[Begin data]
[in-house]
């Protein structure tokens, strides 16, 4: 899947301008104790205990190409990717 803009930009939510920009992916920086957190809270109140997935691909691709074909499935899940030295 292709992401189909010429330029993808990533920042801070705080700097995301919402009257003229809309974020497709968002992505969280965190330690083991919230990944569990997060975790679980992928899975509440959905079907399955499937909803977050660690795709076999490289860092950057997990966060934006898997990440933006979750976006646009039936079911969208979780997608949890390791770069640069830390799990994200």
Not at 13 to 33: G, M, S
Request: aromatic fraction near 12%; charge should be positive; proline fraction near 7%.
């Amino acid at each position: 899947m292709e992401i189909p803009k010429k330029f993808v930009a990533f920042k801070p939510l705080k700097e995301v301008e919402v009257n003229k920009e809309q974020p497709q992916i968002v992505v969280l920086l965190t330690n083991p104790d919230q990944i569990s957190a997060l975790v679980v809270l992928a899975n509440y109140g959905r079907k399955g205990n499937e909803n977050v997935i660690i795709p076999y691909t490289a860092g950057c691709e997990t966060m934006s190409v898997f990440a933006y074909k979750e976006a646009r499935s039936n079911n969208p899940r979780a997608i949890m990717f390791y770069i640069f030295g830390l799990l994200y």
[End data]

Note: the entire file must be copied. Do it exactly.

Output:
[in-house]
């Protein structure tokens, strides 16, 4: 899947301008104790205990190409990717 803009930009939510920009992916920086957190809270109140997935691909691709074909499935899940030295 292709992401189909010429330029993808990533920042801070705080700097995301919402009257003229809309974020497709968002992505969280965190330690083991919230990944569990997060975790679980992928899975509440959905079907399955499937909803977050660690795709076999490289860092950057997990966060934006898997990440933006979750976006646009039936079911969208979780997608949890390791770069640069830390799990994200």
Not at 13 to 33: G, M, S
Request: aromatic fraction near 12%; charge should be positive; proline fraction near 7%.
């Amino acid at each position: 899947m292709e992401i189909p803009k010429k330029f993808v930009a990533f920042k801070p939510l705080k700097e995301v301008e919402v009257n003229k920009e809309q974020p497709q992916i968002v992505v969280l920086l965190t330690n083991p104790d919230q990944i569990s957190a997060l975790v679980v809270l992928a899975n509440y109140g959905r079907k399955g205990n499937e909803n977050v997935i660690i795709p076999y691909t490289a860092g950057c691709e997990t966060m934006s190409v898997f990440a933006y074909k979750e976006a646009r499935s039936n079911n969208p899940r979780a997608i949890m990717f390791y770069i640069f030295g830390l799990l994200y």